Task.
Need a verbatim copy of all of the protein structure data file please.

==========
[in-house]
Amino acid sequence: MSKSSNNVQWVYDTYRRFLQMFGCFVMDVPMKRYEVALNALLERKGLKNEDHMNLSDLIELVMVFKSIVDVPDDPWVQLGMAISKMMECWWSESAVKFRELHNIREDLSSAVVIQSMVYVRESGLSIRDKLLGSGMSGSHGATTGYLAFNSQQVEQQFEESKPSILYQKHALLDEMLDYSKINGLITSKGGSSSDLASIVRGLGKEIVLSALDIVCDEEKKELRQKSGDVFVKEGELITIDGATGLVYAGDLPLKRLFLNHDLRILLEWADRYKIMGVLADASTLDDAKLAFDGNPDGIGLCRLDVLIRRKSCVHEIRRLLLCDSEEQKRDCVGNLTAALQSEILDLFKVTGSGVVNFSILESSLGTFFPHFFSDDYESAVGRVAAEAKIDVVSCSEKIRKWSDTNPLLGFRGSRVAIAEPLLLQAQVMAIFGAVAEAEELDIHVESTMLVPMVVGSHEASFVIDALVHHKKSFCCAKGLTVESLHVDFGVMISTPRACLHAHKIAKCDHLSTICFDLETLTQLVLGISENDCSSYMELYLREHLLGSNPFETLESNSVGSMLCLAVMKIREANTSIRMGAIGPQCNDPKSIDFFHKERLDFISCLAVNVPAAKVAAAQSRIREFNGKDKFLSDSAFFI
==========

[in-house]
Amino acid sequence: MSKSSNNVQWVYDTYRRFLQMFGCFVMDVPMKRYEVALNALLERKGLKNEDHMNLSDLIELVMVFKSIVDVPDDPWVQLGMAISKMMECWWSESAVKFRELHNIREDLSSAVVIQSMVYVRESGLSIRDKLLGSGMSGSHGATTGYLAFNSQQVEQQFEESKPSILYQKHALLDEMLDYSKINGLITSKGGSSSDLASIVRGLGKEIVLSALDIVCDEEKKELRQKSGDVFVKEGELITIDGATGLVYAGDLPLKRLFLNHDLRILLEWADRYKIMGVLADASTLDDAKLAFDGNPDGIGLCRLDVLIRRKSCVHEIRRLLLCDSEEQKRDCVGNLTAALQSEILDLFKVTGSGVVNFSILESSLGTFFPHFFSDDYESAVGRVAAEAKIDVVSCSEKIRKWSDTNPLLGFRGSRVAIAEPLLLQAQVMAIFGAVAEAEELDIHVESTMLVPMVVGSHEASFVIDALVHHKKSFCCAKGLTVESLHVDFGVMISTPRACLHAHKIAKCDHLSTICFDLETLTQLVLGISENDCSSYMELYLREHLLGSNPFETLESNSVGSMLCLAVMKIREANTSIRMGAIGPQCNDPKSIDFFHKERLDFISCLAVNVPAAKVAAAQSRIREFNGKDKFLSDSAFFI